9. 9. How does IREMS work? Energy management relies on two steps 2Energy Balance (Real Time Module) The objective is to ensure the power balance for all elements in the microgrid and to send the set-point to each controllable component. The strategy If there is any deviation, this module carries out adjustments over the preliminary set-points calculated by the Optimization Module until to achieve the energy equilibrium. Data To perform this operation, the following information is used: •Microgrid configuration. •Optimization Module results. •Real time measurements and status. Execution The Real Time Module runs every 3 seconds.
  10. 10. External interfaces • Responsible for the proper operation of IREMS • Control the access of other actor to IREMS. • Have total information access. • Remotely interact with IREMS through a thin client with a Graphical User Interface (GUI). • Owns one power unit or more in the microgrid. • Able to access to some information of the element that (s)he owns. • Able to modify some parameters. • Remotely interact with IREMS through a thin client with a GUI. • Requests measurements and forecasts of the microgrid • Limit total power consumed/generated by the microgrid. • Remotely interact with IREMS through a thin client with a GUI. How can users interact with IREMS? e-PEMS Administrator I-1 ADMINISTRATOR CLIENT e-PEMS Client I-2 e - P E M S External Agent I-3 EXTERNAL AGENT IREMS IREMS IREMS
  11. 11. 11 What advantages does IREMS offer? Possibility of operation using the IREMS user interface fully integrated into the client system. IREMS is able to automatically manage energy supply, demand and storage at real time. • It is able to manage the monitored data from grid-connected systems. • It is able to decide the optimal behaviour of the systems at real time based on advanced optimization algorithms. • The final user can choose among different modes of operation:  cost minimization  environmental footprint  peak shaving, among others. Different types of users with different levels of permissions and access Competitive advantages over other products on the market Machine Learning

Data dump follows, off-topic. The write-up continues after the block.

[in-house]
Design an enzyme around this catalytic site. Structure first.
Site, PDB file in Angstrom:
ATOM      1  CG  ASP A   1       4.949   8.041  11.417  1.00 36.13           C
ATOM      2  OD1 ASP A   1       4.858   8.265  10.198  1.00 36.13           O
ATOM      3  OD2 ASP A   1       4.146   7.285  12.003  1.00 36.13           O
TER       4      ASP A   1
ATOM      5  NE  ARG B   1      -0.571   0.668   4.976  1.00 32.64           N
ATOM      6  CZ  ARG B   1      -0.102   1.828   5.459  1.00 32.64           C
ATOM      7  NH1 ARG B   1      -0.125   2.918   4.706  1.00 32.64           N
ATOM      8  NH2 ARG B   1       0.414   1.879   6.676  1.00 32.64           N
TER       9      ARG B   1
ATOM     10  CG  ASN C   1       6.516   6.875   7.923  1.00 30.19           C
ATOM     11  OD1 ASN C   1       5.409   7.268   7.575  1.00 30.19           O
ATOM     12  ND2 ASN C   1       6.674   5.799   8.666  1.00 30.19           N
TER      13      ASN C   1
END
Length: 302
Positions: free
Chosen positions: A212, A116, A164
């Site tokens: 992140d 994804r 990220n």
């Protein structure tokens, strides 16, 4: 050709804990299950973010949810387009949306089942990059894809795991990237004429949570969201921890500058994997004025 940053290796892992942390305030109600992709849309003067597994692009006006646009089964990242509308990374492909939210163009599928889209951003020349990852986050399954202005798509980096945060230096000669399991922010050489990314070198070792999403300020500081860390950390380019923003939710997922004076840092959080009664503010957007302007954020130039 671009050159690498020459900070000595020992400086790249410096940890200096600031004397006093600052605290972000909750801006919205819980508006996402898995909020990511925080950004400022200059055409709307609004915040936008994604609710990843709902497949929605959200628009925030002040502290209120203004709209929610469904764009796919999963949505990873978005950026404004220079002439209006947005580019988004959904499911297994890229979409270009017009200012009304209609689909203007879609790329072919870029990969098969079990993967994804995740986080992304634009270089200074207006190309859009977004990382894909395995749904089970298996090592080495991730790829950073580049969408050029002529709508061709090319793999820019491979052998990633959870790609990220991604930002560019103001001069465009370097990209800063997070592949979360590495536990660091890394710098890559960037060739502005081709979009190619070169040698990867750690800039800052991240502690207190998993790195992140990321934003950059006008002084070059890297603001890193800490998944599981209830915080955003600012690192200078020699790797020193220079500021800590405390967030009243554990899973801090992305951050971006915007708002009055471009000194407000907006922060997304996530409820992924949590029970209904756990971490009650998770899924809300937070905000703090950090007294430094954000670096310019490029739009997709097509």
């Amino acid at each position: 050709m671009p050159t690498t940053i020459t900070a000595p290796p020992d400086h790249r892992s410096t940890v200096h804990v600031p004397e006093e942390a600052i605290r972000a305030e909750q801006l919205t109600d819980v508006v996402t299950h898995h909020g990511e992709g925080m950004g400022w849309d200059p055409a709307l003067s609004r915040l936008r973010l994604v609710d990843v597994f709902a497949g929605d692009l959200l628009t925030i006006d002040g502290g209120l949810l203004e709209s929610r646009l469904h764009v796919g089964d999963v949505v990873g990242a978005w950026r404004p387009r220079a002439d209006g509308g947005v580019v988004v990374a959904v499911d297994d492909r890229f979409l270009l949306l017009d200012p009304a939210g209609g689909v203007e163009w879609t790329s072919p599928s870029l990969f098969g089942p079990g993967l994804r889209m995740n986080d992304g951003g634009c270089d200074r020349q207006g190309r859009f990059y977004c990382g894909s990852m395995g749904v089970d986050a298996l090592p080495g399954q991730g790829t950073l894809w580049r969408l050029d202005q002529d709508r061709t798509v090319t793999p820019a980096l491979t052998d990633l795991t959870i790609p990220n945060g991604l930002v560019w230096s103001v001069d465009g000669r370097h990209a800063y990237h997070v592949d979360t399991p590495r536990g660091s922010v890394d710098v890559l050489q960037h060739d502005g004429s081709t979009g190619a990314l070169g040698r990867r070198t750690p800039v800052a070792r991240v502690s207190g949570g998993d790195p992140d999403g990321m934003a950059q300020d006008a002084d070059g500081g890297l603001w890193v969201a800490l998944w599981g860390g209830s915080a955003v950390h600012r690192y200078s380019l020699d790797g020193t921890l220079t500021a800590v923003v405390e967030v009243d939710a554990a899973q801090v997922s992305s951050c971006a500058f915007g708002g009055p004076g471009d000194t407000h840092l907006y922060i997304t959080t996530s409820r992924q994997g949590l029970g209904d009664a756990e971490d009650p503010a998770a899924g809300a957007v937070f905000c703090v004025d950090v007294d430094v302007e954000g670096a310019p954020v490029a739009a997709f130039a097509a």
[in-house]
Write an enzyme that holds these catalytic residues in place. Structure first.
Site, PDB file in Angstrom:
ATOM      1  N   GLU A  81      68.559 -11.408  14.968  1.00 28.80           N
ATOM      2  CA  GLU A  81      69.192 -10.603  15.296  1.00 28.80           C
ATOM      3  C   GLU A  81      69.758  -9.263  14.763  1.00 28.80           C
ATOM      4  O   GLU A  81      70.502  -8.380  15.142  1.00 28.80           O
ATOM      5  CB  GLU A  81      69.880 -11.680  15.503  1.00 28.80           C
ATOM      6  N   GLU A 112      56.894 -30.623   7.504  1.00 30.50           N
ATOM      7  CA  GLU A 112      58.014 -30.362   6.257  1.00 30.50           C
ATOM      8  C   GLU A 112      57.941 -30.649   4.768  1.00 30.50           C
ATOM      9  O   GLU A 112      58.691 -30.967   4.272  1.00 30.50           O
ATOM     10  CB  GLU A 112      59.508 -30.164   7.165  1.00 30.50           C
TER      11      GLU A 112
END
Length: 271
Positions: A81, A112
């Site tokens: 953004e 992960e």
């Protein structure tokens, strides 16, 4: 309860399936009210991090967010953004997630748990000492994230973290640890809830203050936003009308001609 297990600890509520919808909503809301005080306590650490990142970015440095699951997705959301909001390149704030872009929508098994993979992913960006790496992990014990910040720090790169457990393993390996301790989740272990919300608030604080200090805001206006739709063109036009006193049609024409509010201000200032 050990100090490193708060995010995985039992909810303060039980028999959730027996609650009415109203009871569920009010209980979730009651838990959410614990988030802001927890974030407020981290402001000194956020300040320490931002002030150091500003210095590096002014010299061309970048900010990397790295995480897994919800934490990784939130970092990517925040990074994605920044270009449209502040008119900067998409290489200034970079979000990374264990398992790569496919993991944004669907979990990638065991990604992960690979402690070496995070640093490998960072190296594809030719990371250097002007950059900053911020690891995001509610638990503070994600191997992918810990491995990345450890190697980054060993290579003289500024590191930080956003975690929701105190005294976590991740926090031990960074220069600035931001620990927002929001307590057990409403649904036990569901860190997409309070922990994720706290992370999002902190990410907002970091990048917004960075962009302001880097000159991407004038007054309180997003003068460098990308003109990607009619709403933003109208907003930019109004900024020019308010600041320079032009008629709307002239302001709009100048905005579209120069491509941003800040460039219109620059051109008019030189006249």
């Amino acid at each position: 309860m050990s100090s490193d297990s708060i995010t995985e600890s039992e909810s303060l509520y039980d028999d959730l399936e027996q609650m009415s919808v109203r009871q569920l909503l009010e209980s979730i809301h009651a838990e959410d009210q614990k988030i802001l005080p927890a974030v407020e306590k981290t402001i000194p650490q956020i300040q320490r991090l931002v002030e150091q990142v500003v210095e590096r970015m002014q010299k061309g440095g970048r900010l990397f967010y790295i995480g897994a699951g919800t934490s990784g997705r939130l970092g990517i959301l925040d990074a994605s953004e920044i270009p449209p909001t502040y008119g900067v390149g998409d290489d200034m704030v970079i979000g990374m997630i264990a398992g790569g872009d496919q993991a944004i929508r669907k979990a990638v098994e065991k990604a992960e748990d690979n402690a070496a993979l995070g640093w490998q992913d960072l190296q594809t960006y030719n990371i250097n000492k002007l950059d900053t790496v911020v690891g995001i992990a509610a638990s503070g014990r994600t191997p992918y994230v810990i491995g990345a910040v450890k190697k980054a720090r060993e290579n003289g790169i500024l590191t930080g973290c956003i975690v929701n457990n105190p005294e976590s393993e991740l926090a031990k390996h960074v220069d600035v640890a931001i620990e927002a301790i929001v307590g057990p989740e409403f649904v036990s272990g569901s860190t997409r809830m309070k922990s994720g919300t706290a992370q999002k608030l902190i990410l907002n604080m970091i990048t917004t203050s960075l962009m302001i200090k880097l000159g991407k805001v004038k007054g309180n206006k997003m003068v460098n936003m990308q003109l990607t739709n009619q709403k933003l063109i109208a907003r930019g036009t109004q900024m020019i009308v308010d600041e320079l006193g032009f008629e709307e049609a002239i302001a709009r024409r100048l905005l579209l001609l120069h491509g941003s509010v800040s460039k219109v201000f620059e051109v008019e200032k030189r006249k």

12. 12. 12 What advantages does IREMS offer? Advantages for the different agents/clients In case they incorporate the product to their building management company, they will receive a large share of the benefits. Energy companies Power System Society Residential and tertiary buildings IREMS Management of local demand and supply will enable renewable sources penetration as well as the decrease of peaks in the demand curves. That will defer investments required for grid reinforcements and consequent grid losses. Societal and environmental benefits from energy efficiency are well-known including GHG emission abatement. They will be able to incorporate this tool to their existing solutions and equipment to add the real time control and optimization layer.